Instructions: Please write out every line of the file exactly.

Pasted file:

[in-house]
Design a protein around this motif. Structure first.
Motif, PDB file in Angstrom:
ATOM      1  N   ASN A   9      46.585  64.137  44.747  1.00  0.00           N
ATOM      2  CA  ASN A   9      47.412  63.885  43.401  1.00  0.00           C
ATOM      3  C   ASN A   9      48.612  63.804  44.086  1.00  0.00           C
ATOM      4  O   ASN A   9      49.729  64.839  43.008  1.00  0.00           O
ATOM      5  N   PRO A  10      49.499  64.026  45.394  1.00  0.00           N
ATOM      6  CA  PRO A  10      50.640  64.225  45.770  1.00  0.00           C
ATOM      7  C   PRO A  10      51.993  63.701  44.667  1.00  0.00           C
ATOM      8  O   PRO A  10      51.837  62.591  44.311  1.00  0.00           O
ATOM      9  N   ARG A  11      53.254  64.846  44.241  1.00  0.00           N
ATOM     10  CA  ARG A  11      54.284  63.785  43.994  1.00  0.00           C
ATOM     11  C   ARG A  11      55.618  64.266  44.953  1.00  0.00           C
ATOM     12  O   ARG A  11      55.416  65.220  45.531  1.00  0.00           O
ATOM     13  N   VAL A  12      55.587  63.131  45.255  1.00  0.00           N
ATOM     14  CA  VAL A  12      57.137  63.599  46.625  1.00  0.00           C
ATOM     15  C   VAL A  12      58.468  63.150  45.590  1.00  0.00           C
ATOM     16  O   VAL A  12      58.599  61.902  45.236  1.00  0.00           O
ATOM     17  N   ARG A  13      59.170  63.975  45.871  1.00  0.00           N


[in-house]
Design a protein around this motif. Structure first.
Motif, PDB file in Angstrom:
ATOM      1  N   ASN A   9      46.585  64.137  44.747  1.00  0.00           N
ATOM      2  CA  ASN A   9      47.412  63.885  43.401  1.00  0.00           C
ATOM      3  C   ASN A   9      48.612  63.804  44.086  1.00  0.00           C
ATOM      4  O   ASN A   9      49.729  64.839  43.008  1.00  0.00           O
ATOM      5  N   PRO A  10      49.499  64.026  45.394  1.00  0.00           N
ATOM      6  CA  PRO A  10      50.640  64.225  45.770  1.00  0.00           C
ATOM      7  C   PRO A  10      51.993  63.701  44.667  1.00  0.00           C
ATOM      8  O   PRO A  10      51.837  62.591  44.311  1.00  0.00           O
ATOM      9  N   ARG A  11      53.254  64.846  44.241  1.00  0.00           N
ATOM     10  CA  ARG A  11      54.284  63.785  43.994  1.00  0.00           C
ATOM     11  C   ARG A  11      55.618  64.266  44.953  1.00  0.00           C
ATOM     12  O   ARG A  11      55.416  65.220  45.531  1.00  0.00           O
ATOM     13  N   VAL A  12      55.587  63.131  45.255  1.00  0.00           N
ATOM     14  CA  VAL A  12      57.137  63.599  46.625  1.00  0.00           C
ATOM     15  C   VAL A  12      58.468  63.150  45.590  1.00  0.00           C
ATOM     16  O   VAL A  12      58.599  61.902  45.236  1.00  0.00           O
ATOM     17  N   ARG A  13      59.170  63.975  45.871  1.00  0.00           N